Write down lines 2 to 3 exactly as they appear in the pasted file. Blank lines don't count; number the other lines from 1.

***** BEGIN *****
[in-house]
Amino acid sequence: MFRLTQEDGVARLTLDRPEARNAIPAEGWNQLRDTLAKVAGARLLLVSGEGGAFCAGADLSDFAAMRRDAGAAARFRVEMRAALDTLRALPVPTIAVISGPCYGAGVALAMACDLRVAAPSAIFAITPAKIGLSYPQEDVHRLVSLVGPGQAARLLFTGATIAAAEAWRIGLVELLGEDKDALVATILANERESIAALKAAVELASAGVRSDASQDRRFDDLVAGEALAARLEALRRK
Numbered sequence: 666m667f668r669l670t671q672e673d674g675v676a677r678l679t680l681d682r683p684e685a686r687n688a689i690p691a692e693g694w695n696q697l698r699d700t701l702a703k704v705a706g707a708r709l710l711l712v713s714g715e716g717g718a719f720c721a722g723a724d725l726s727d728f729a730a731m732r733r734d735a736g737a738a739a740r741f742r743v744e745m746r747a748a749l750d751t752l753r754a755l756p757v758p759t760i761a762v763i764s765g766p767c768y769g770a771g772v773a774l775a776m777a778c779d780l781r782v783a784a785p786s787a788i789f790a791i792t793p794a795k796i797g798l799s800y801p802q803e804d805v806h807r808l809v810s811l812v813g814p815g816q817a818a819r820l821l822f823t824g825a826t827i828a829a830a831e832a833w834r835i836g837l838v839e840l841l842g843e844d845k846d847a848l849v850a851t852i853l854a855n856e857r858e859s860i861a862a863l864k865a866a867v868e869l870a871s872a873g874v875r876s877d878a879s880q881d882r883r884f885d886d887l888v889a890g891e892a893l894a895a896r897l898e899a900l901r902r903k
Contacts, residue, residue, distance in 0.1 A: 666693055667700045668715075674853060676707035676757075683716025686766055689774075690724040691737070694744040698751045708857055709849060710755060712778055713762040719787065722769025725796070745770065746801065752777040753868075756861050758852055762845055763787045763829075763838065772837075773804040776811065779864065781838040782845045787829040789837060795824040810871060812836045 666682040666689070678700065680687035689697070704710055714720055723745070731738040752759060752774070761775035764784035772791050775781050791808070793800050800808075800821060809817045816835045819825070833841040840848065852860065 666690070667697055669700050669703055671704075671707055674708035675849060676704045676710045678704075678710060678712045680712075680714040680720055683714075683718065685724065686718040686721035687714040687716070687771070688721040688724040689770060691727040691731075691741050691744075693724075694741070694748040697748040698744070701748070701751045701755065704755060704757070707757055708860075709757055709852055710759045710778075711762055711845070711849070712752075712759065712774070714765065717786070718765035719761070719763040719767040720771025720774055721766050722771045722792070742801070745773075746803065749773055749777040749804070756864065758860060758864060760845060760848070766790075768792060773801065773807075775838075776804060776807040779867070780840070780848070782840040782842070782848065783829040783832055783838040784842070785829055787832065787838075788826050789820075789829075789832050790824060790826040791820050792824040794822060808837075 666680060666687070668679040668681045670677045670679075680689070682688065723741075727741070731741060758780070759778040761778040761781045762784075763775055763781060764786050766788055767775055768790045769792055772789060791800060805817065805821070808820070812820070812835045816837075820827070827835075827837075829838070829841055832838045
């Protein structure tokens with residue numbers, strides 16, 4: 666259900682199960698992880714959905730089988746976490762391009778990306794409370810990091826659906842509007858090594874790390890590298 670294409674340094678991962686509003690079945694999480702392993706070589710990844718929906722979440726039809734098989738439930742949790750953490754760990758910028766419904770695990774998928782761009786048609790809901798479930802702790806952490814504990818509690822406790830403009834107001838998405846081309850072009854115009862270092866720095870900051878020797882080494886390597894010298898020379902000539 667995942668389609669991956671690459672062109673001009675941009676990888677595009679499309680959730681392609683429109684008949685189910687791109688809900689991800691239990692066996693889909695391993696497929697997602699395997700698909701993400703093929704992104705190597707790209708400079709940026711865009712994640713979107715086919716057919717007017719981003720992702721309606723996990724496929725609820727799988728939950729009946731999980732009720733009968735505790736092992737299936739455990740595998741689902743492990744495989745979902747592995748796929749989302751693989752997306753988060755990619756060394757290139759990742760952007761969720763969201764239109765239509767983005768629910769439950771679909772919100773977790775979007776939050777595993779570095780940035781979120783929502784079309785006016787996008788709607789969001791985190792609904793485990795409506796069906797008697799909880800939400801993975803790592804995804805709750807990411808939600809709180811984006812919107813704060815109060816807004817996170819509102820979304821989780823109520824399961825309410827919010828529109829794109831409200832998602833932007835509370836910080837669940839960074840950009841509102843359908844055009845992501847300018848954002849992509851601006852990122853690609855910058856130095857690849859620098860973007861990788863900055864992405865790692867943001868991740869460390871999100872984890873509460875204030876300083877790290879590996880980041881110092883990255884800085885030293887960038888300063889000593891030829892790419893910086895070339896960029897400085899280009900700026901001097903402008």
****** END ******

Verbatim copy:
Amino acid sequence: MFRLTQEDGVARLTLDRPEARNAIPAEGWNQLRDTLAKVAGARLLLVSGEGGAFCAGADLSDFAAMRRDAGAAARFRVEMRAALDTLRALPVPTIAVISGPCYGAGVALAMACDLRVAAPSAIFAITPAKIGLSYPQEDVHRLVSLVGPGQAARLLFTGATIAAAEAWRIGLVELLGEDKDALVATILANERESIAALKAAVELASAGVRSDASQDRRFDDLVAGEALAARLEALRRK
Numbered sequence: 666m667f668r669l670t671q672e673d674g675v676a677r678l679t680l681d682r683p684e685a686r687n688a689i690p691a692e693g694w695n696q697l698r699d700t701l702a703k704v705a706g707a708r709l710l711l712v713s714g715e716g717g718a719f720c721a722g723a724d725l726s727d728f729a730a731m732r733r734d735a736g737a738a739a740r741f742r743v744e745m746r747a748a749l750d751t752l753r754a755l756p757v758p759t760i761a762v763i764s765g766p767c768y769g770a771g772v773a774l775a776m777a778c779d780l781r782v783a784a785p786s787a788i789f790a791i792t793p794a795k796i797g798l799s800y801p802q803e804d805v806h807r808l809v810s811l812v813g814p815g816q817a818a819r820l821l822f823t824g825a826t827i828a829a830a831e832a833w834r835i836g837l838v839e840l841l842g843e844d845k846d847a848l849v850a851t852i853l854a855n856e857r858e859s860i861a862a863l864k865a866a867v868e869l870a871s872a873g874v875r876s877d878a879s880q881d882r883r884f885d886d887l888v889a890g891e892a893l894a895a896r897l898e899a900l901r902r903k